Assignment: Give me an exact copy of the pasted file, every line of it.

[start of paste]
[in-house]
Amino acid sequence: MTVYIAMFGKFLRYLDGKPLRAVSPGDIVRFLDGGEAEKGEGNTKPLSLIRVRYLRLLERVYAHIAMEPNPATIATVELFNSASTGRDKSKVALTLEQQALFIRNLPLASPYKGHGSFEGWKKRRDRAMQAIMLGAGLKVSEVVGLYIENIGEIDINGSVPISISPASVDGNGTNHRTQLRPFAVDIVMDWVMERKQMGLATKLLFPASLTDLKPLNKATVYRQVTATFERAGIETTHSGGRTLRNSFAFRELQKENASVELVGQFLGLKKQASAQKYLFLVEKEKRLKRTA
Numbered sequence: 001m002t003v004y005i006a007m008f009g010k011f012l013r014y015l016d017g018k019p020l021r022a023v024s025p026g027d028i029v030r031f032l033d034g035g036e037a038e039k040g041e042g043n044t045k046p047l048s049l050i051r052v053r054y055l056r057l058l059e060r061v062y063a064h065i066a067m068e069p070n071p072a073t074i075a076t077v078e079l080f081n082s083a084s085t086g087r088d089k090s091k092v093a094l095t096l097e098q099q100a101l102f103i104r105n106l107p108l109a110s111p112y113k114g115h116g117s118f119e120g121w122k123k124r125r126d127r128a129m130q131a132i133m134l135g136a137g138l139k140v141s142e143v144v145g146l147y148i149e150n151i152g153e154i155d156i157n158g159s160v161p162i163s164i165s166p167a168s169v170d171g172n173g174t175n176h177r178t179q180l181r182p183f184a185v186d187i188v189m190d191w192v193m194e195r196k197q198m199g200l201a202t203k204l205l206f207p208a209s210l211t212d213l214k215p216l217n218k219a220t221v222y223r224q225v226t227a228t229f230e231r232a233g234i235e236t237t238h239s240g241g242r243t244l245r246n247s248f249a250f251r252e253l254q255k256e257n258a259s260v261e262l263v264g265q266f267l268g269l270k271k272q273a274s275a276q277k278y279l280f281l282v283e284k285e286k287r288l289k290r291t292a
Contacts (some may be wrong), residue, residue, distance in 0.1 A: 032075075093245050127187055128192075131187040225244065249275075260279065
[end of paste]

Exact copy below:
[in-house]
Amino acid sequence: MTVYIAMFGKFLRYLDGKPLRAVSPGDIVRFLDGGEAEKGEGNTKPLSLIRVRYLRLLERVYAHIAMEPNPATIATVELFNSASTGRDKSKVALTLEQQALFIRNLPLASPYKGHGSFEGWKKRRDRAMQAIMLGAGLKVSEVVGLYIENIGEIDINGSVPISISPASVDGNGTNHRTQLRPFAVDIVMDWVMERKQMGLATKLLFPASLTDLKPLNKATVYRQVTATFERAGIETTHSGGRTLRNSFAFRELQKENASVELVGQFLGLKKQASAQKYLFLVEKEKRLKRTA
Numbered sequence: 001m002t003v004y005i006a007m008f009g010k011f012l013r014y015l016d017g018k019p020l021r022a023v024s025p026g027d028i029v030r031f032l033d034g035g036e037a038e039k040g041e042g043n044t045k046p047l048s049l050i051r052v053r054y055l056r057l058l059e060r061v062y063a064h065i066a067m068e069p070n071p072a073t074i075a076t077v078e079l080f081n082s083a084s085t086g087r088d089k090s091k092v093a094l095t096l097e098q099q100a101l102f103i104r105n106l107p108l109a110s111p112y113k114g115h116g117s118f119e120g121w122k123k124r125r126d127r128a129m130q131a132i133m134l135g136a137g138l139k140v141s142e143v144v145g146l147y148i149e150n151i152g153e154i155d156i157n158g159s160v161p162i163s164i165s166p167a168s169v170d171g172n173g174t175n176h177r178t179q180l181r182p183f184a185v186d187i188v189m190d191w192v193m194e195r196k197q198m199g200l201a202t203k204l205l206f207p208a209s210l211t212d213l214k215p216l217n218k219a220t221v222y223r224q225v226t227a228t229f230e231r232a233g234i235e236t237t238h239s240g241g242r243t244l245r246n247s248f249a250f251r252e253l254q255k256e257n258a259s260v261e262l263v264g265q266f267l268g269l270k271k272q273a274s275a276q277k278y279l280f281l282v283e284k285e286k287r288l289k290r291t292a
Contacts (some may be wrong), residue, residue, distance in 0.1 A: 032075075093245050127187055128192075131187040225244065249275075260279065